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Criminal Libel

The History Of Criminal Libel, Development Of The Law In The United States, The Constitutional Protection Of Freedom Of Expression

Criminal libel is a libel punishable criminally. It consists of a defamation of an individual (or group) made public by a printing or writing. The defamation must tend to excite a breach of the peace or damage the individual (or group) in reference to his character, reputation, or credit.

At common law, libel was recognized as a criminal misdemeanor as well as an individual injury justifying damages (a tort). Prosecutions of the offense had three goals: protection of government from seditious statements capable of weakening popular support and causing insurrection; reinforcement of public morals by requiring a "decent" mode of community discourse; and protection of the individual from writings likely to hold him up to hatred, contempt, or ridicule. The protection of the individual, a goal that is generally left to tort law, was justified by the criminal law's responsibility for outlawing statements likely to provoke breaches of peace.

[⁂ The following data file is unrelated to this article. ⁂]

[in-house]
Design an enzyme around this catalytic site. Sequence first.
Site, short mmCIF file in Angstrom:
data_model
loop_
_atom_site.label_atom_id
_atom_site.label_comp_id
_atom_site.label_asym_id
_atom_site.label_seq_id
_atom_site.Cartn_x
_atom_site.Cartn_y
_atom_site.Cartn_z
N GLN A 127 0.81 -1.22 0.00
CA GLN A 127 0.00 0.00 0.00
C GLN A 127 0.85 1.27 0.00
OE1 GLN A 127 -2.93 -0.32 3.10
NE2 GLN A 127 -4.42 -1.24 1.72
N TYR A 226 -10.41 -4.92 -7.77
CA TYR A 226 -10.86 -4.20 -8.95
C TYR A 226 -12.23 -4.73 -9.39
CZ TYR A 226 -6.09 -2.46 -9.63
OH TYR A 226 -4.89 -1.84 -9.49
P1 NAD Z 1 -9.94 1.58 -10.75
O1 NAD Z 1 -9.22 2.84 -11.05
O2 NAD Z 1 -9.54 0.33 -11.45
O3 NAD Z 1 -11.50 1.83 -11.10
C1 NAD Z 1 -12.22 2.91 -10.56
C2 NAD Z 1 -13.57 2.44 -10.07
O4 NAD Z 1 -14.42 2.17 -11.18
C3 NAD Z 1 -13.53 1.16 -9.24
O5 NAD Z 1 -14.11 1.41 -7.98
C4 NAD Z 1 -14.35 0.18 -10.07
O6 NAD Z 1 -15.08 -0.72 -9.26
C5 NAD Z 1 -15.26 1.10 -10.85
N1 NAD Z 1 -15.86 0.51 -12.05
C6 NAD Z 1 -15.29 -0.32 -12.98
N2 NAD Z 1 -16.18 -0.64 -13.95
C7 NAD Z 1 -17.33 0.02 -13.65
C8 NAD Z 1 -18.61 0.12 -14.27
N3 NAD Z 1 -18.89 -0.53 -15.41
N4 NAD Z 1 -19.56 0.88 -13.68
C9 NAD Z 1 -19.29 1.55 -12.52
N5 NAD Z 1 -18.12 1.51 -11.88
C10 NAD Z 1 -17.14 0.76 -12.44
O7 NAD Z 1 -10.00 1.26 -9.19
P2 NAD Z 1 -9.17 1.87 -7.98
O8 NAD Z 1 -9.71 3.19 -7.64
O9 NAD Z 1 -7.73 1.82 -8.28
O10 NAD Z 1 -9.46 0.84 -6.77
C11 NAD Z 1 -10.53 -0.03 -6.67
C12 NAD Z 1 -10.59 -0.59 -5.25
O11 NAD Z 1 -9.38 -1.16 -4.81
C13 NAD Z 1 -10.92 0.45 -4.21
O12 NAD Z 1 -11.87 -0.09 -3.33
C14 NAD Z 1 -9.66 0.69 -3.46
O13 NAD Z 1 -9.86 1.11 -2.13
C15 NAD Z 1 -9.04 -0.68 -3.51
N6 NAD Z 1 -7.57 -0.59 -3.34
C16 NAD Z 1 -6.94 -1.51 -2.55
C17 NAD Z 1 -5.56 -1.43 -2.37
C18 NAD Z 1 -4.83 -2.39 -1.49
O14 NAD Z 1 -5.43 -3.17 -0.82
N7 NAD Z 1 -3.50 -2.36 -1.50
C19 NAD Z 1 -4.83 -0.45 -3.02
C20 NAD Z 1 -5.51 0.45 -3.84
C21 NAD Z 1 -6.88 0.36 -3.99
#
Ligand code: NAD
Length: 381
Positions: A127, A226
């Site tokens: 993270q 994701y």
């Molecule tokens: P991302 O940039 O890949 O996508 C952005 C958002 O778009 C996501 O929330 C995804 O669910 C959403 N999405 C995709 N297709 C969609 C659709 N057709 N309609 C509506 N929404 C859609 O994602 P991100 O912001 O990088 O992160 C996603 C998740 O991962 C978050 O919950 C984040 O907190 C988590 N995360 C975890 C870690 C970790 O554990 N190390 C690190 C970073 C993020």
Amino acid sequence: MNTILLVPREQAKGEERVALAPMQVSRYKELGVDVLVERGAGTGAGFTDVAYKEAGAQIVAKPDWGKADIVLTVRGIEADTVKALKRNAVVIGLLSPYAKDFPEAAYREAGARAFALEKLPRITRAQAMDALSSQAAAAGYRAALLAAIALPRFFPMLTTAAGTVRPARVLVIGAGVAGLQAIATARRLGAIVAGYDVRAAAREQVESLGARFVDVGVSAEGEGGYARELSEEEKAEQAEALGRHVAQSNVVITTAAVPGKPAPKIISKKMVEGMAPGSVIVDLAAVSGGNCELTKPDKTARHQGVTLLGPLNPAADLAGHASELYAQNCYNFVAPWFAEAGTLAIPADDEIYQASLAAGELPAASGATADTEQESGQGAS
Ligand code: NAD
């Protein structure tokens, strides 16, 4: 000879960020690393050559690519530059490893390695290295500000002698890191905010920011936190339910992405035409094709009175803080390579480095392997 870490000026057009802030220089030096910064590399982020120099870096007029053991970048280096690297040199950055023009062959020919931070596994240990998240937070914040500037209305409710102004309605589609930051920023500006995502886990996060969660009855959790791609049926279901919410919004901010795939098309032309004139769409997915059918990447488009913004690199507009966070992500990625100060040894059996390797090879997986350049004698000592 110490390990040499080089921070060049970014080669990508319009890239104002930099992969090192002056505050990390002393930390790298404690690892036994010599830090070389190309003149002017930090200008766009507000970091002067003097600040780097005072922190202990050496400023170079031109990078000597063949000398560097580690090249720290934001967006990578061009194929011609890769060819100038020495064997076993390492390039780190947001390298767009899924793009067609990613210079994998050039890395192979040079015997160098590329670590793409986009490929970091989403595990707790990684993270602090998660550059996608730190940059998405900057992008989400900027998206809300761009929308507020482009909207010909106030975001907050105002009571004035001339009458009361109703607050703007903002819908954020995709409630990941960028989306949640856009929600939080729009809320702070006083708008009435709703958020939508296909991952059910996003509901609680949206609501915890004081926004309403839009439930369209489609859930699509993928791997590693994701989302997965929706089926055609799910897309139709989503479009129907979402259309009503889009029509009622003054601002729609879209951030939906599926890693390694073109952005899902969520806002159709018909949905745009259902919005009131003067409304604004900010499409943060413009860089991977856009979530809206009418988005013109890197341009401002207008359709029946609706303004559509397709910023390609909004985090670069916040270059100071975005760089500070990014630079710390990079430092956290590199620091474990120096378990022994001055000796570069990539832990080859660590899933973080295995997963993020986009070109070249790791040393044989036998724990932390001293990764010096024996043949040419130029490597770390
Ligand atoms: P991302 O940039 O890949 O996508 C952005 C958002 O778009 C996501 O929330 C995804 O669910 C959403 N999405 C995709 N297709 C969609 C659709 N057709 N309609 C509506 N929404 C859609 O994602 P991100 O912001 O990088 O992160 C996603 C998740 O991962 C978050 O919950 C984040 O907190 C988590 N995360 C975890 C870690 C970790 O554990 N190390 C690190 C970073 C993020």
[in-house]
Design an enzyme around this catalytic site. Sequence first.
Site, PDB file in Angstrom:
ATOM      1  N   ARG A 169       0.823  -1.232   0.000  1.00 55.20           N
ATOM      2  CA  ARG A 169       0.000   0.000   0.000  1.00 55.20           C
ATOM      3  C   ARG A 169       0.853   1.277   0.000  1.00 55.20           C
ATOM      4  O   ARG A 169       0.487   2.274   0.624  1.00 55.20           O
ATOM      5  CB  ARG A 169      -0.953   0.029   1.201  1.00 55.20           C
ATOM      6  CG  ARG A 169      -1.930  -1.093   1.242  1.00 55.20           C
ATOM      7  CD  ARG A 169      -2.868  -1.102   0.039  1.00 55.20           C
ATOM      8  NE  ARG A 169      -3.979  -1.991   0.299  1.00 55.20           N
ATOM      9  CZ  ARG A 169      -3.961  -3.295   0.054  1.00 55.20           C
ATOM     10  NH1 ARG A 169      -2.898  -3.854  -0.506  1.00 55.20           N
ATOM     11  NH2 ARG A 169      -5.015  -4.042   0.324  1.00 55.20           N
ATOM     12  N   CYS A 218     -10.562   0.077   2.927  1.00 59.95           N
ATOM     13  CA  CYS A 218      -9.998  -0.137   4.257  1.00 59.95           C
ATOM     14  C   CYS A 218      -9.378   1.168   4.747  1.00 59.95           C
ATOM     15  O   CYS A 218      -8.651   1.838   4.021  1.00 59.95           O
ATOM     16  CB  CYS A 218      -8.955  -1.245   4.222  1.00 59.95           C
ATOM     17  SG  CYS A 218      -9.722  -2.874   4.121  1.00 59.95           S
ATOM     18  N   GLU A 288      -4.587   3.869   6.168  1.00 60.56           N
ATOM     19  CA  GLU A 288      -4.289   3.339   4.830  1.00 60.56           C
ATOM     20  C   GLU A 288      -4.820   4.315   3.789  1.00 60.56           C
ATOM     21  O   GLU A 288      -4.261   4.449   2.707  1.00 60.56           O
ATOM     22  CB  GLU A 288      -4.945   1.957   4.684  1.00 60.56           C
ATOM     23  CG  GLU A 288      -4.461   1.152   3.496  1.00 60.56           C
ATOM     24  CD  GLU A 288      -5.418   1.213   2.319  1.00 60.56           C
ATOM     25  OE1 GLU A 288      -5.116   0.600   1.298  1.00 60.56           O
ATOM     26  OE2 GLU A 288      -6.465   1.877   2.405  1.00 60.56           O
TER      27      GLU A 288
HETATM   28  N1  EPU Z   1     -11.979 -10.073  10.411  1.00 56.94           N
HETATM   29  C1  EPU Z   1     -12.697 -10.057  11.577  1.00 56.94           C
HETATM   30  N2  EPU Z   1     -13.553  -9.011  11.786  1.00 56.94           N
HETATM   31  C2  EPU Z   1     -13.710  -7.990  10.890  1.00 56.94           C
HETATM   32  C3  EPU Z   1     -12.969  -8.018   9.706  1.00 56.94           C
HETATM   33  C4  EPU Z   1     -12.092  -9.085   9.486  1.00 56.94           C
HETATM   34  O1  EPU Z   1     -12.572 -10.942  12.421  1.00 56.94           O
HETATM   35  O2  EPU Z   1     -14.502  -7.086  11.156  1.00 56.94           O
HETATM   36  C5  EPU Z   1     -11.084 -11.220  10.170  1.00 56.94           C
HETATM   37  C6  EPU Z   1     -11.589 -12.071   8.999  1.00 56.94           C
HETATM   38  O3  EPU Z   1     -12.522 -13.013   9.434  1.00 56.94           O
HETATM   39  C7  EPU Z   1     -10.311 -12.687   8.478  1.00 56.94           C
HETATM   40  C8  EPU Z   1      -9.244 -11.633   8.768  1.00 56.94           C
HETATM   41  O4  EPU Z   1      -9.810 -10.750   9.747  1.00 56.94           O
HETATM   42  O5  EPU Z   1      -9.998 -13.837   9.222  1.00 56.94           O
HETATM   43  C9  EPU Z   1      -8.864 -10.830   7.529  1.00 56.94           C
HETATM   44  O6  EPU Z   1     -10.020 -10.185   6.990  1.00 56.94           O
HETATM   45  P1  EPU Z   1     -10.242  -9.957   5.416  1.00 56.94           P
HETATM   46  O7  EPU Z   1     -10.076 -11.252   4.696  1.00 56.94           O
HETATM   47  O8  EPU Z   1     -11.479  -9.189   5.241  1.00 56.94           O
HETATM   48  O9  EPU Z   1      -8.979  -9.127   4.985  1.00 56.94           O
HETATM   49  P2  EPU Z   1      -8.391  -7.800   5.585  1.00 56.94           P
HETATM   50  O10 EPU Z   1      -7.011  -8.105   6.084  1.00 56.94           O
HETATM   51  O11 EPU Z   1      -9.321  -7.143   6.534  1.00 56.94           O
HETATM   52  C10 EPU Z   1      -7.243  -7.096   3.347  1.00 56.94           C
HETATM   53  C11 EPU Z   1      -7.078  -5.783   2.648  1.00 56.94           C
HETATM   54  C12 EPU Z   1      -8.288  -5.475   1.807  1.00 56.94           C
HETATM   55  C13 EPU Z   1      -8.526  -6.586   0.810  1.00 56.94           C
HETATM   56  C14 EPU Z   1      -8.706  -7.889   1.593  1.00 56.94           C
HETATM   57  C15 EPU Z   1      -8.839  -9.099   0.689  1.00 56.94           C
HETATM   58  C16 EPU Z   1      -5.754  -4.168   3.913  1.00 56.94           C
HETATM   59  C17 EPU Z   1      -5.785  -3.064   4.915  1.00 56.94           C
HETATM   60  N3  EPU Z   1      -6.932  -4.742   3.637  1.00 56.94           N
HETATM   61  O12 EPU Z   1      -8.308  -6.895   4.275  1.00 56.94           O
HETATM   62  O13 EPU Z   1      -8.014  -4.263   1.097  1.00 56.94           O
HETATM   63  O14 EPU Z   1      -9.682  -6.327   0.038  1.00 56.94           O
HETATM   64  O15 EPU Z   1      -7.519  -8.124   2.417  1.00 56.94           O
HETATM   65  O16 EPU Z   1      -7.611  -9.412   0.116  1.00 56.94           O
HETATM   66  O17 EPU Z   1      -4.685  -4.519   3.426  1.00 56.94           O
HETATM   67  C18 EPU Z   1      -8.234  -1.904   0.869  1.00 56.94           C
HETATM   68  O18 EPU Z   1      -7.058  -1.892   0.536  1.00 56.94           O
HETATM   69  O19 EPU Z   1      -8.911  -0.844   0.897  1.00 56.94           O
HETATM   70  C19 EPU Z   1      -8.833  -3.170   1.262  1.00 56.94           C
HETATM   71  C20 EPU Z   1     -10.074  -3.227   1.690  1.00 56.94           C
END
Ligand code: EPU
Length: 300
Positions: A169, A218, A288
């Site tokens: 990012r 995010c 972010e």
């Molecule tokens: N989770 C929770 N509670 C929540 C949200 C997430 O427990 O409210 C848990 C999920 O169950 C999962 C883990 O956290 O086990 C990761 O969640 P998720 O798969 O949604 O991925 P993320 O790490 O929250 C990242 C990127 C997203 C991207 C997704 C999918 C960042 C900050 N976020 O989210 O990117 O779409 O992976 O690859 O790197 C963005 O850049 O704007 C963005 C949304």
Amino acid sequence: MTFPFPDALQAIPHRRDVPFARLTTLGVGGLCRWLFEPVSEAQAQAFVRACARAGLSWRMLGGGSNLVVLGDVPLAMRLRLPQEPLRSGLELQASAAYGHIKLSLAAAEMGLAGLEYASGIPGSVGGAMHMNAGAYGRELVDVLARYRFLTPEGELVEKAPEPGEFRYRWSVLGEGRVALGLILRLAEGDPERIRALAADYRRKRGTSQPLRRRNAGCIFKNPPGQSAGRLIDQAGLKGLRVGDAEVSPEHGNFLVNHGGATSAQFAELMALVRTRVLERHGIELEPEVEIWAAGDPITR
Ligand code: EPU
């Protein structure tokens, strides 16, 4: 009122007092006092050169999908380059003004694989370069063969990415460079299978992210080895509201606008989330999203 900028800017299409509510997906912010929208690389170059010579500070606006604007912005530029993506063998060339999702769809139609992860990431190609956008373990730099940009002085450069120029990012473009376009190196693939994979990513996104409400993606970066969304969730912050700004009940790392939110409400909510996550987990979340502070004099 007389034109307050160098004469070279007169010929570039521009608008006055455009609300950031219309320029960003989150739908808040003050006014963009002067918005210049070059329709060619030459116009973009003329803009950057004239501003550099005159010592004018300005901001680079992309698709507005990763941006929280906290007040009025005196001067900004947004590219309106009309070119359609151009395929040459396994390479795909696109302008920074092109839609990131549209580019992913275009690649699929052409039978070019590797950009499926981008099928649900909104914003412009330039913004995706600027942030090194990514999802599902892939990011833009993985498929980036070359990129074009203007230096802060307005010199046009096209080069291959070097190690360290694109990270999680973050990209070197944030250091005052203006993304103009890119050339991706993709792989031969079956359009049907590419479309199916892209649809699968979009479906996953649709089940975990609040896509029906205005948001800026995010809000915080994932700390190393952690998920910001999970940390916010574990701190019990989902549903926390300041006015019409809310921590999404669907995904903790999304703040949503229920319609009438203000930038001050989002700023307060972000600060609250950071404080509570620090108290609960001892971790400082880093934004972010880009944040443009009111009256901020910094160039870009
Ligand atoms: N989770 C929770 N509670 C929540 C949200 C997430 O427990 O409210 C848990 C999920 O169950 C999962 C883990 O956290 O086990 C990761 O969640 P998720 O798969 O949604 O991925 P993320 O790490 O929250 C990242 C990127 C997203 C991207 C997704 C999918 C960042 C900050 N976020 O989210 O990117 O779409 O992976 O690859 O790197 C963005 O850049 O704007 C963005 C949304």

Although contemporary criminal libel prosecutions are rare, development of the law in this area exposes a society's sense of the proper relationship between citizen and state as well as the proper balance between the community's need for avenues of communication and that for decency in discourse. The law of libel establishes the outer boundary set by interests in community and individual dignity on the processes of reason furthered by robust discussion. Libel, thus, is a perennial problem for a society that prizes uninhibited debate.



Beauharnais v. Illinois, 343 U.S. 250 (1952).

Chaplinsky v. New Hampshire, 315 U.S. 568 (1942).

Curtis Publishing Co. v. Butts, 388 U.S. 130 (1967).

Garrison v. Louisiana, 379 U.S. 64 (1964).

Gertz v. Robert Welch, Inc., 418 U.S. 323 (1974).

New York Times Co. v. Sullivan, 376 U.S. 254 (1964).

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Law Library - American Law and Legal InformationCrime and Criminal Law